In May 2017, Sen. Claire McCaskill, D-Mo., introduced a bill known as the Federal Agency Customer Experience Act of 2017. If enacted in its current form, the bill would put more consistent attention and effort on federal agencies’ taking more of an outside-in approach to delivering citizen services.
In short, the bill would require the chief performance officer or other senior accountable official for customer service at each covered agency to collect voluntary feedback from citizens. Those results would be made public online and via an annual scorecard that also includes an “analysis of administrative and legislative barriers to improving service delivery.”
Enacting this or similar legislation is the first step in implementing much more comprehensive and impactful Voice of the Customer programs across government. VoC programs are an organized approach for not only collecting customer feedback (surveys are one method), but also focus on rigorous analysis of the meaning of the feedback and, most importantly, leveraging the analysis to improve the organization’s decision-making and service delivery.
As the government embarks on implementing this legislation, it is important not to lose sight of additional steps to take to reach the end goal — agile and efficient improvements in services provided to citizens:
Listening: The surveys required by the bill are just one of the necessary methods to gain a valid understanding of citizens’ real attitudes and behaviors. Coming to that understanding requires many more modes of both active and passive listening such as interviews, focus groups, social media monitoring, etc.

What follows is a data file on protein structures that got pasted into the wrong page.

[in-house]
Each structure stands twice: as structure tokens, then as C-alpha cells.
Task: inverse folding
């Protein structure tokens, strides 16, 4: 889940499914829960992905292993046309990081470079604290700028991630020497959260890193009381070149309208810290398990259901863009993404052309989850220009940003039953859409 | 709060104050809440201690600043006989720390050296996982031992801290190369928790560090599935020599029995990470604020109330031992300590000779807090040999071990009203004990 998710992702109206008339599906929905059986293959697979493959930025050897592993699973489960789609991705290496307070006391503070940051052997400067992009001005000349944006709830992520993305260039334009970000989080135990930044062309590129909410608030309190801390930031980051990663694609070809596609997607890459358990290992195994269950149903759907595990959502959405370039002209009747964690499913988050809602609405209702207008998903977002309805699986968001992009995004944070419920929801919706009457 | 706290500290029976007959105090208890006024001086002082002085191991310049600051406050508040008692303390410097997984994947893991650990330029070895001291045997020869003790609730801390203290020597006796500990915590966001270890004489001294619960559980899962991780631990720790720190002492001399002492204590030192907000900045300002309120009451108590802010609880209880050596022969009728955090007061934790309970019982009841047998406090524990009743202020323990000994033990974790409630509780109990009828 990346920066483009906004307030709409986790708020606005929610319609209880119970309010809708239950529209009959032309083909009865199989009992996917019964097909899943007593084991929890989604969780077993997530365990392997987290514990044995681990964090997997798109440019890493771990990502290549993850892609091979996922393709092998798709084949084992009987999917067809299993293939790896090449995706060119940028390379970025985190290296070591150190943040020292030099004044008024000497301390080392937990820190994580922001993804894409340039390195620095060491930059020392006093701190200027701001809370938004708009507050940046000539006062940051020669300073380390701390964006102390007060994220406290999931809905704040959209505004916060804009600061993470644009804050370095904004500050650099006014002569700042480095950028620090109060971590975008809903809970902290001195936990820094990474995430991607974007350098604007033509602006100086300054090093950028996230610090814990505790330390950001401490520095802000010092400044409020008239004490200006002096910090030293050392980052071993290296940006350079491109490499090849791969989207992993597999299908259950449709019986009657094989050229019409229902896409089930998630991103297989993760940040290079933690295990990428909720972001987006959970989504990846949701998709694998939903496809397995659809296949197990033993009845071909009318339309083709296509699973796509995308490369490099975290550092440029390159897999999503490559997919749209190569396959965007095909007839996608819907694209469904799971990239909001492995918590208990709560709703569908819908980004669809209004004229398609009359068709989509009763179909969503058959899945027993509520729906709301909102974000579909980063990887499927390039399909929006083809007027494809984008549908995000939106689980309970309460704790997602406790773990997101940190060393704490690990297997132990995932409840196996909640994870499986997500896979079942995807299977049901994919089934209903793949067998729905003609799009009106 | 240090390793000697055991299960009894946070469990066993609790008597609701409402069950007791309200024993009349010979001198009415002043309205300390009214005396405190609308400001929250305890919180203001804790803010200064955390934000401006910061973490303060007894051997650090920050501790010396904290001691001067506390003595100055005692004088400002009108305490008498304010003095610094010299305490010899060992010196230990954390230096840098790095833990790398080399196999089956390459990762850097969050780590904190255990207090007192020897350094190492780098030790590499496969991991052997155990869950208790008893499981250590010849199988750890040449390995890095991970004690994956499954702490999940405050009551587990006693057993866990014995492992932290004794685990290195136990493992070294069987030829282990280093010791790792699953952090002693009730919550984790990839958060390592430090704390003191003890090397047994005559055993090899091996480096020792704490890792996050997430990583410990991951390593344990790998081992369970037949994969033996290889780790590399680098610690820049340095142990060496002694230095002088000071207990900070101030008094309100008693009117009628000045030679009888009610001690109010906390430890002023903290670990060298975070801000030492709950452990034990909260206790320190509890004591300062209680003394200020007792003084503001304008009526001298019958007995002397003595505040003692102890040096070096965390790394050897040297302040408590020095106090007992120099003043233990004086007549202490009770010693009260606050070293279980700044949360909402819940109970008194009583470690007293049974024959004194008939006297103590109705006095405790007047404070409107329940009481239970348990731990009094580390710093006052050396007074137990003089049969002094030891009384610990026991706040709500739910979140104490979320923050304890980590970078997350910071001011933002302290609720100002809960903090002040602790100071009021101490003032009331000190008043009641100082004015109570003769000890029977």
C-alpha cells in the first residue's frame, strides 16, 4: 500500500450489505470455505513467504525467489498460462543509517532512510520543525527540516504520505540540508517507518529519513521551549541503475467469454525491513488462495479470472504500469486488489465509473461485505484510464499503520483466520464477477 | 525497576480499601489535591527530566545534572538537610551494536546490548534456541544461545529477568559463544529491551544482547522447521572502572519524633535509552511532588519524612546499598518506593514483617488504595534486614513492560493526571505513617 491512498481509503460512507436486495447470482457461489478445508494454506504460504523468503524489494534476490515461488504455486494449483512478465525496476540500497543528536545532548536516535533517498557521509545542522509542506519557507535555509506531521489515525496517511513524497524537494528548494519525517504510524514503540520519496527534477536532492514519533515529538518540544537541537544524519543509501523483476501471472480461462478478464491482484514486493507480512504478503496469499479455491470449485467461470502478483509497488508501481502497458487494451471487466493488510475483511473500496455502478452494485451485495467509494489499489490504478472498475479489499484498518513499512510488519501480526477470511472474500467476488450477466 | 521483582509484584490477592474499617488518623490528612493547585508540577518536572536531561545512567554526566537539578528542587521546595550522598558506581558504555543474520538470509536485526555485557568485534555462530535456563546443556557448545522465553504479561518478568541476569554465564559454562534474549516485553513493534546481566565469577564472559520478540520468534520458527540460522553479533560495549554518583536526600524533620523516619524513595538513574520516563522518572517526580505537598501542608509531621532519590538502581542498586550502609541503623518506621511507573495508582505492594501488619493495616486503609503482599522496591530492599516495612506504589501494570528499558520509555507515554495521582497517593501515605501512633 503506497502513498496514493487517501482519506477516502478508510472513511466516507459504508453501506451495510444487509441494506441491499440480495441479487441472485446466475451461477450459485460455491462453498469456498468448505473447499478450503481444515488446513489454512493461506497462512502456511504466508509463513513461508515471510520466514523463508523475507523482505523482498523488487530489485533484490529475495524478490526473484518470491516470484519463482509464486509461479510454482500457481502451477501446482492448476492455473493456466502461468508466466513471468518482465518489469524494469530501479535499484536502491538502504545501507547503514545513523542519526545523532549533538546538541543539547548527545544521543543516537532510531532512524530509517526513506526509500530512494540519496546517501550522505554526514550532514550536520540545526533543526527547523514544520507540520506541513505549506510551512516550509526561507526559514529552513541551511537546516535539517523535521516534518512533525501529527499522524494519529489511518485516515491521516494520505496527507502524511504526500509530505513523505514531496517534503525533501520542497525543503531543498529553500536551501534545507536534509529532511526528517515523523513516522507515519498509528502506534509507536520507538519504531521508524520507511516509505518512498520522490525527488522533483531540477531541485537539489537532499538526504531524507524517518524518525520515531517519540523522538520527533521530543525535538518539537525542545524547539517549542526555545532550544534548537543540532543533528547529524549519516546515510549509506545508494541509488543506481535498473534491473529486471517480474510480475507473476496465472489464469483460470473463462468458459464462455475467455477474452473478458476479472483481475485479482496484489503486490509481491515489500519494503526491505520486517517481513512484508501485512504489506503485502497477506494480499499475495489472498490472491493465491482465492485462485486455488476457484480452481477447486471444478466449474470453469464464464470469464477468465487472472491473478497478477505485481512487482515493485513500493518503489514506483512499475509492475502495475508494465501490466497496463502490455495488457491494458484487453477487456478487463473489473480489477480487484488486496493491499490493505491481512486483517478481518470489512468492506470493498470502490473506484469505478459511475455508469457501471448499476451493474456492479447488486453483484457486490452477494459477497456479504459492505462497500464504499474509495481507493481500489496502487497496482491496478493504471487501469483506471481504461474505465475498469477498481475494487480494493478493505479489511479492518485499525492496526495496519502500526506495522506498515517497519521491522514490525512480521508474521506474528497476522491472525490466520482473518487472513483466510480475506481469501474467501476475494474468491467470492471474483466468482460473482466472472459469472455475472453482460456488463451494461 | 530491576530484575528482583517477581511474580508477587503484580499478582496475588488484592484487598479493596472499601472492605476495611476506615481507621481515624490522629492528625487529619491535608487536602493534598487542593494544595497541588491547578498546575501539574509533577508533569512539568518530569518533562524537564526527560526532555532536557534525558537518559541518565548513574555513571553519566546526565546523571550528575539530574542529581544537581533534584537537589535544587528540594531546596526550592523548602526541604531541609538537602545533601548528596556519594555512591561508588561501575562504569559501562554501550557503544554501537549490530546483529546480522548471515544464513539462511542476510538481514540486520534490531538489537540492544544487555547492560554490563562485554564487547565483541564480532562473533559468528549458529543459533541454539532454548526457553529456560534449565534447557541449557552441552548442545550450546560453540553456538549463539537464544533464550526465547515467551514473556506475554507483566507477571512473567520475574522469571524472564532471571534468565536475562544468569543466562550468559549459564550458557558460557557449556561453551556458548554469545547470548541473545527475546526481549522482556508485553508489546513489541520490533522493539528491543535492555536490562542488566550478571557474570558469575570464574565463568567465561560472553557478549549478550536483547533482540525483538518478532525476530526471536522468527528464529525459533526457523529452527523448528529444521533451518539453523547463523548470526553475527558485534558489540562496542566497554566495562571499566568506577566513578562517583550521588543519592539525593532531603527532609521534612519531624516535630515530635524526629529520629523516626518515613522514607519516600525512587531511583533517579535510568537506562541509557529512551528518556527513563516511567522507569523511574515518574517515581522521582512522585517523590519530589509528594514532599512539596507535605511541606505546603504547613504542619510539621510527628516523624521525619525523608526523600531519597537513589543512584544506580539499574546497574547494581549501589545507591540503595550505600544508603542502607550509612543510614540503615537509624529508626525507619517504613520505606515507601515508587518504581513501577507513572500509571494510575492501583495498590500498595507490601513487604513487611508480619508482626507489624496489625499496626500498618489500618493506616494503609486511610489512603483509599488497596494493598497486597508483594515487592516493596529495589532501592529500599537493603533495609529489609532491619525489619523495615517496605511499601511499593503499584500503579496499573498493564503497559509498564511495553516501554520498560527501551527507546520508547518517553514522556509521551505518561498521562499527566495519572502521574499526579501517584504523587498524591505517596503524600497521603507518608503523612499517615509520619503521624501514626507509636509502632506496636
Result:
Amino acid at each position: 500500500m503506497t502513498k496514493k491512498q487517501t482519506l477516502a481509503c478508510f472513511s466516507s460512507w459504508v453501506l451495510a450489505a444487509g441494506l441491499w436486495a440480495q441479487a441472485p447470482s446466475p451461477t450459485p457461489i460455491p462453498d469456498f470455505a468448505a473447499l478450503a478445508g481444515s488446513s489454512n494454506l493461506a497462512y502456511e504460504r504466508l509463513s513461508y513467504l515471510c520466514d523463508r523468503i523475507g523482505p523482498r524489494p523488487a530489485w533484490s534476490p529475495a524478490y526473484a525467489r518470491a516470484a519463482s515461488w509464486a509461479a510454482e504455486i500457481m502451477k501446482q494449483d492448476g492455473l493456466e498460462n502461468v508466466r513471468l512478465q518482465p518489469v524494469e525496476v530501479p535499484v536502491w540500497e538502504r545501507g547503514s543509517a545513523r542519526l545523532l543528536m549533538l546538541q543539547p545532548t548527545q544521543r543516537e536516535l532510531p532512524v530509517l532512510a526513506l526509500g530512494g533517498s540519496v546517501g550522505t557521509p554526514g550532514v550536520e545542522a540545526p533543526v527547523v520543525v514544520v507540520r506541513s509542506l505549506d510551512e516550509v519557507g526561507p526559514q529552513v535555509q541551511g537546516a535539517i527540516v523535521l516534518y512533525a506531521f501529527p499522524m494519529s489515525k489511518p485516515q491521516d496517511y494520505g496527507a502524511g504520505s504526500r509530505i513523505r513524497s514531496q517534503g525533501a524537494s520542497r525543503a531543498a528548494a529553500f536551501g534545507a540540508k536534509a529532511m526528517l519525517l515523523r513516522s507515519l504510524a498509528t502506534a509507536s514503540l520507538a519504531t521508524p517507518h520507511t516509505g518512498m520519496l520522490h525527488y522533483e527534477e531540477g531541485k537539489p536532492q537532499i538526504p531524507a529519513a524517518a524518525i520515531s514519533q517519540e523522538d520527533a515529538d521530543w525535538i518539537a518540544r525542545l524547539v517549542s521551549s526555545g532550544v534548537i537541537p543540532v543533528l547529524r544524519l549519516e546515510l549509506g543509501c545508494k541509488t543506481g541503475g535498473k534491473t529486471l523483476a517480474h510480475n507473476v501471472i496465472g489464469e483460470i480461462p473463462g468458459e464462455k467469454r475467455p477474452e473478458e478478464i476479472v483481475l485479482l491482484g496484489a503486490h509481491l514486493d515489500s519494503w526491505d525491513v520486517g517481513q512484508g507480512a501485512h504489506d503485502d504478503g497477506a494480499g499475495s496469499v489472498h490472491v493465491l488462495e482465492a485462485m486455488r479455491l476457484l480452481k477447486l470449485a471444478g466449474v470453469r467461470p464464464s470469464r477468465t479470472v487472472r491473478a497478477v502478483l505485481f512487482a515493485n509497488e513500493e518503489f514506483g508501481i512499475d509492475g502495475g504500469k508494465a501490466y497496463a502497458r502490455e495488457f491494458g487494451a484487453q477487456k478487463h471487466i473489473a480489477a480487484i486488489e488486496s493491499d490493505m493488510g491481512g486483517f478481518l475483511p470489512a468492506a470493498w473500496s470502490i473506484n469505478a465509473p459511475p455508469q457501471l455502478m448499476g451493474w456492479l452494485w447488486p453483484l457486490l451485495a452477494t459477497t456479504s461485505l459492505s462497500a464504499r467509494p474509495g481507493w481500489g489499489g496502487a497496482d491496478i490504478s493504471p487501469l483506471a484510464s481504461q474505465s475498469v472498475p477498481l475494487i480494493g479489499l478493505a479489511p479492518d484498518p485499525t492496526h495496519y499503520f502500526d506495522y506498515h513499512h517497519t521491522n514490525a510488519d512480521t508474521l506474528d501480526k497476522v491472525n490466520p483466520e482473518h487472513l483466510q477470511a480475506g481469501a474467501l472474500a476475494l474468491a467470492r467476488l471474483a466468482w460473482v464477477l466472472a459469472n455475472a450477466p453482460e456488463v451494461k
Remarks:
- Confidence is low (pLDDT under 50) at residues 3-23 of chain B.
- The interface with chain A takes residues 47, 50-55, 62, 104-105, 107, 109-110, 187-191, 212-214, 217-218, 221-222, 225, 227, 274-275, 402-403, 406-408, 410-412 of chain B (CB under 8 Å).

Analyzing: Once collected, the feedback needs to be effectively analyzed to understand and interpret what citizens are saying about the services they are receiving. It's not helpful to know there is a “score” of some sort for a given service. Agencies must understand why citizens are rating services as they are. Further, agencies need to develop a way to effectively communicate and share these results across the organization so action can be taken.
Act: While listening and analyzing are necessary, they are pointless if action is not taken to improve. Challenges in the bill’s design in this area have been pointed out related to unintentionally hampering the government’s ability to resolve service issues directly with individuals. The bill’s requirement to report annually on barriers to improving service is notable. Those barriers must be addressed expediently or the listening and analysis effort will have been wasted and, worse yet, not acting on citizen feedback will only further erode citizens' confidence.
Measure: Each organization needs to develop the appropriate measures of success from all of the efforts outlined above. While these will differ from agency to agency, it is critical each organization implement metrics that clearly connect changes in satisfaction and service to the desired business/mission outcomes for each service.
The Federal Customer Experience Act is a good and necessary step. To move from hearing how citizens say they feel about their experience to truly understanding citizens, improving their experience and measuring the business impact will require significant additional effort.